Bucking the city trend3/17/12 Chicago-Chicago Training Centers Rachel Collins (center) takes part in a rowing competition with New Triers Natalie Denby (left) and Carina Carr. Stacia Timonere/for the Sun-Times
For a long time, the Public League was seen as all things for all kids.
That was back in the day when tens of thousands of people would pack Soldier Field for the Prep Bowl, when teenagers were content with a range of athletic opportunities that were confined to mainstream sports like football and basketball.
It was also a time when the finances of Chicago and its public schools weren’t stretched to the breaking point. And it was a time when half the population had hardly any sporting outlet at all.
So it’s a different era for sports in the Chicago Public Schools, in some ways worse (with ongoing budget crises) and in others better (with chances not just for boys but girls as well). Moving forward, it’s necessary to remember that the Public League neither can nor should be the only channel for kids to get into sports and stay fit.
The Chicago Park District, though facing its own budget issues, has a role to play in providing our kids a positive outlet for their energy. And so do nonprofit groups like the Chicago Training Center.
CTC has come far from its modest beginnings five years ago as the brainchild of Montana Butsch, a former crew team member at Loyola Academy, the University of Pennsylvania and Oxford University who’s now the group’s executive director. It was his vision that inner-city kids, if given the chance, would take to a sport usually associated with affluent suburbanites.
Not everyone shared that vision. But Butsch has emerged as the Pied Piper of city rowing, bringing around to his cause both adults and kids alike. CTC’s coaches are volunteers, people who competed in the sport themselves in the United States and abroad, and who now want to pay it forward to the next generation.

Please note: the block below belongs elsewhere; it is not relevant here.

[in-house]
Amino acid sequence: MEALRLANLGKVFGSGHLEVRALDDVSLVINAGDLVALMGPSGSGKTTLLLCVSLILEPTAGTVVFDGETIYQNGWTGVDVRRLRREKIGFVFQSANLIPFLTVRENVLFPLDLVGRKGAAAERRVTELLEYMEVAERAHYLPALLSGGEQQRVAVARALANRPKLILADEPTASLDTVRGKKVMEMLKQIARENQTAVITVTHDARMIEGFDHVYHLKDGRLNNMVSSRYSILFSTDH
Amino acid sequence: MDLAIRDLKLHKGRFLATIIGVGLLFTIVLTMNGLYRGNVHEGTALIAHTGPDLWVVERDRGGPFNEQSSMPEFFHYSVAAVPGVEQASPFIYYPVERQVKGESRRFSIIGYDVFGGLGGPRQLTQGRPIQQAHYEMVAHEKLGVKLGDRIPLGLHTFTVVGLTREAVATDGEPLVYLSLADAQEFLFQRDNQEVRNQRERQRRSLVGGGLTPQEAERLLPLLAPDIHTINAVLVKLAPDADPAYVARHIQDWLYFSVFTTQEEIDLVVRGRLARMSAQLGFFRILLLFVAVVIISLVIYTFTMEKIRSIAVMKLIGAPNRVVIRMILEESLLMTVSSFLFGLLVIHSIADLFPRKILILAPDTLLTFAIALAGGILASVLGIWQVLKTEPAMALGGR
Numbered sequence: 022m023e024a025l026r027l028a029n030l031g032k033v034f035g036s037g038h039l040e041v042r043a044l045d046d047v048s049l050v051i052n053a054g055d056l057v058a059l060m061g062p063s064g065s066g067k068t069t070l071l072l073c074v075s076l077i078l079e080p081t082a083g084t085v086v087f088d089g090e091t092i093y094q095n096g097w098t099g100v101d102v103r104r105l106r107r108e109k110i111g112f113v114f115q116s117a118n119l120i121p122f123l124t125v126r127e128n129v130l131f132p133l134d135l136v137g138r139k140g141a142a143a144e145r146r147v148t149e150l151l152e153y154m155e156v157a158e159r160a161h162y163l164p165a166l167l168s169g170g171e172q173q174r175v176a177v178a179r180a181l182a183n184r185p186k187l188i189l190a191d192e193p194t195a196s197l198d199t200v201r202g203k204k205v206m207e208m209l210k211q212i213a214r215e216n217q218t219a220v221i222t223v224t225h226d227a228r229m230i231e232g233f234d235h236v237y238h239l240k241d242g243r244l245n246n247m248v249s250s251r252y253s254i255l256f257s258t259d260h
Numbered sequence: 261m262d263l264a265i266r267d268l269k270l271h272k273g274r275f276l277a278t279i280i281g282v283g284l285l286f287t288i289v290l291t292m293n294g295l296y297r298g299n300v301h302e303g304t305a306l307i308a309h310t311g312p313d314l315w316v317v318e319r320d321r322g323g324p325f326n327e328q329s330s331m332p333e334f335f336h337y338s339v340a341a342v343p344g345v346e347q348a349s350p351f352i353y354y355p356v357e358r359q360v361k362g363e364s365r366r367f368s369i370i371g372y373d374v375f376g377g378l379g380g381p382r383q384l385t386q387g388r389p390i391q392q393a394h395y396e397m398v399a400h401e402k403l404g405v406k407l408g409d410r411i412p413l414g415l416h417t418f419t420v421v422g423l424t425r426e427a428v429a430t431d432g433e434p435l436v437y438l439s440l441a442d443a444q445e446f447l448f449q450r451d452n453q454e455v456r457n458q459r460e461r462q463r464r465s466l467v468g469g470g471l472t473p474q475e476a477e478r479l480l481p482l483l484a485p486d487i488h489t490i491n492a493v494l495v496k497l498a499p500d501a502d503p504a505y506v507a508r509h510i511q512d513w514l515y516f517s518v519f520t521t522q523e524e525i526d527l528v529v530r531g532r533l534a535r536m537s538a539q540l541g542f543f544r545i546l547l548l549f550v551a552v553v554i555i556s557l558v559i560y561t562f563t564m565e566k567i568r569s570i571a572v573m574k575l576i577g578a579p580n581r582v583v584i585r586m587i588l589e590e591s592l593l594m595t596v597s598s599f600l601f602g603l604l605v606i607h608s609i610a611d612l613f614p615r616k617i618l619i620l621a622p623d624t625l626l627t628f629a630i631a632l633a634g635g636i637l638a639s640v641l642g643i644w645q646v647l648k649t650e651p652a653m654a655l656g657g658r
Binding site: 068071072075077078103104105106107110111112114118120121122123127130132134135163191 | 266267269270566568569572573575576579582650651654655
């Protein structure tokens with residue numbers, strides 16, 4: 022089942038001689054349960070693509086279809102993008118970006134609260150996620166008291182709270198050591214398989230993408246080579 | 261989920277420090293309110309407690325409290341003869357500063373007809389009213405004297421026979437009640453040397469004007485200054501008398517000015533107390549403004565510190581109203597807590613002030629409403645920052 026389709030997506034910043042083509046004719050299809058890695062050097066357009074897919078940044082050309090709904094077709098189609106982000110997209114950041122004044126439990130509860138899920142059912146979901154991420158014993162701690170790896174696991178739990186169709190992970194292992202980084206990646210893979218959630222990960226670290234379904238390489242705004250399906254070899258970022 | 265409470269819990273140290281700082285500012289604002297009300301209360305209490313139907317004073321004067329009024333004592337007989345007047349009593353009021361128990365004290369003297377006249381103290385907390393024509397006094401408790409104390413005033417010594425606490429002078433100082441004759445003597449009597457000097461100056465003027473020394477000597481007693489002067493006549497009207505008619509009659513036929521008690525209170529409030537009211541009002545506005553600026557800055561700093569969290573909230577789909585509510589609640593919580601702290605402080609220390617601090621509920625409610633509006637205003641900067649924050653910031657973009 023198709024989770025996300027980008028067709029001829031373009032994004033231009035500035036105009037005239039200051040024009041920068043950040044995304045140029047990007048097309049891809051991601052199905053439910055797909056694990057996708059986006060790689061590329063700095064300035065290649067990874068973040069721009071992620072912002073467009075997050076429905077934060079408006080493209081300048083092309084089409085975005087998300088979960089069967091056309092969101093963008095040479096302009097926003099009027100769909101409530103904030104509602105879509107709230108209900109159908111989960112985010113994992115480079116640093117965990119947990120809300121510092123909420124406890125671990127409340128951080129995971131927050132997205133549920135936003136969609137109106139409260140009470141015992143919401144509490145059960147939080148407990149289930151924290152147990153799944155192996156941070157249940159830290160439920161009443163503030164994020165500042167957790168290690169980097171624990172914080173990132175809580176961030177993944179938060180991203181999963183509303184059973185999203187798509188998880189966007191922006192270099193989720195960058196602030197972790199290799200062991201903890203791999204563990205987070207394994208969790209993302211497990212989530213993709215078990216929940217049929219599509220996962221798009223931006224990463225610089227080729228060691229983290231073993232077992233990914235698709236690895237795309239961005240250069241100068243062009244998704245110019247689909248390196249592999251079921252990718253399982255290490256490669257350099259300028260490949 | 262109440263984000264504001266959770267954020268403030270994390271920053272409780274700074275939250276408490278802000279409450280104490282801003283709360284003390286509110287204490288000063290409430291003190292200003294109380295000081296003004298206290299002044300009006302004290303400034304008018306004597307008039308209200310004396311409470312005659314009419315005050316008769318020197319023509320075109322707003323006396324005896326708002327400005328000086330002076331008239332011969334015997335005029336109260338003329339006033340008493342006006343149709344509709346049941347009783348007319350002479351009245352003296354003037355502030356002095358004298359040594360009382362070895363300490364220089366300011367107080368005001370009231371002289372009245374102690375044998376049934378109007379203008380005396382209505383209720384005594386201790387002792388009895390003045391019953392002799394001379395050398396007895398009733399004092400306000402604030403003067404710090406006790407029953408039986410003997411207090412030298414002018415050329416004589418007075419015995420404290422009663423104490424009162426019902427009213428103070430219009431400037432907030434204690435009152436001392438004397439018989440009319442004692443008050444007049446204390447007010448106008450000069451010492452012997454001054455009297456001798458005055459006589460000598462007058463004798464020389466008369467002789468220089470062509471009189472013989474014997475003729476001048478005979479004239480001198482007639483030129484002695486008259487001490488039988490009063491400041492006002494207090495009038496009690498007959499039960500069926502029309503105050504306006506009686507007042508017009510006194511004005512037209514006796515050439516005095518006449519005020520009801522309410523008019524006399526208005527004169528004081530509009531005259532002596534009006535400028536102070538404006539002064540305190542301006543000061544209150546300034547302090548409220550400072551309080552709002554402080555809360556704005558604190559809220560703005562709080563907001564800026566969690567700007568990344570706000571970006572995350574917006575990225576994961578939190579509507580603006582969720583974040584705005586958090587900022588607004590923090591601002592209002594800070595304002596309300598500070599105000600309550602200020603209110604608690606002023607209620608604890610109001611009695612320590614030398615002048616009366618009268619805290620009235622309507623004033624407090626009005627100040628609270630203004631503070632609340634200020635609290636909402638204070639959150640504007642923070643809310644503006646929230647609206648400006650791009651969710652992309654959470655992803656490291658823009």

The group targets public school kids from the South and West Sides. Not only do those kids have no background in rowing, but some of them don’t even know how to swim before they get into CTC’s programs. The numbers speak for themselves: CTC has worked with kids from more than a dozen elementary and high schools in its target area and has had two alumni go on to receive full scholarships and graduate from Phillips Exeter Academy, a prep school in New Hampshire.
But no one tells CTC’s story better than its athletes, many of whom gathered in the basement of the Gage Park Field House last Saturday for CTC’s Tiro Cup, an annual event that caps the indoor portion of the group’s schedule.
Competing in simulated races on rowing machines against athletes from New Trier and Crystal Lake, among other teams, CTC members like A.J. Boyce and Rachel Collins proved that city kids hold their own in sports other than basketball. Both were in the fast heats for their respective genders, and Collins even finished second overall among all the girls competing.
Unlike many CTC athletes, she actually sought out the group because she wanted to row, having seen the sport in the Olympics. The sophomore plays basketball at Payton, but plans to put her hoops career on hold and skip AAU competition this summer in order to concentrate on rowing.
“I like the team component of this sport,” she said. “We’re kind of like a family here at CTC. Everyone supports each other. No one’s really criticizing.”
Though her parents were on hand to offer moral support on Saturday, Collins said, “They don’t really understand why I like rowing so much. I think you have to be a rower to understand why it really works.”
Boyce was drawn to CTC not by the sport but by the chance to soak up knowledge about Oxford – which he hopes to attend – from Butsch and others associated with the group. The other draw? “I like trying things that are different,” said the Brooks junior, whose other activities have included bowling, tennis and musical theater.
Rowing is something he intends to stick with. “It really helps you get physically fit,” he said. “I used to be a bit chubby before. It teaches you about teamwork, dedication, hard work, not giving up.
“It also toughens you up. You’re not afraid of so many things.”
And the rowers at CTC teach us that city kids can achieve great things when given the chance.
For more on the CTC’s programs, including its summer camp and rowing lessons, go to http://chicagotrainingcenter.org.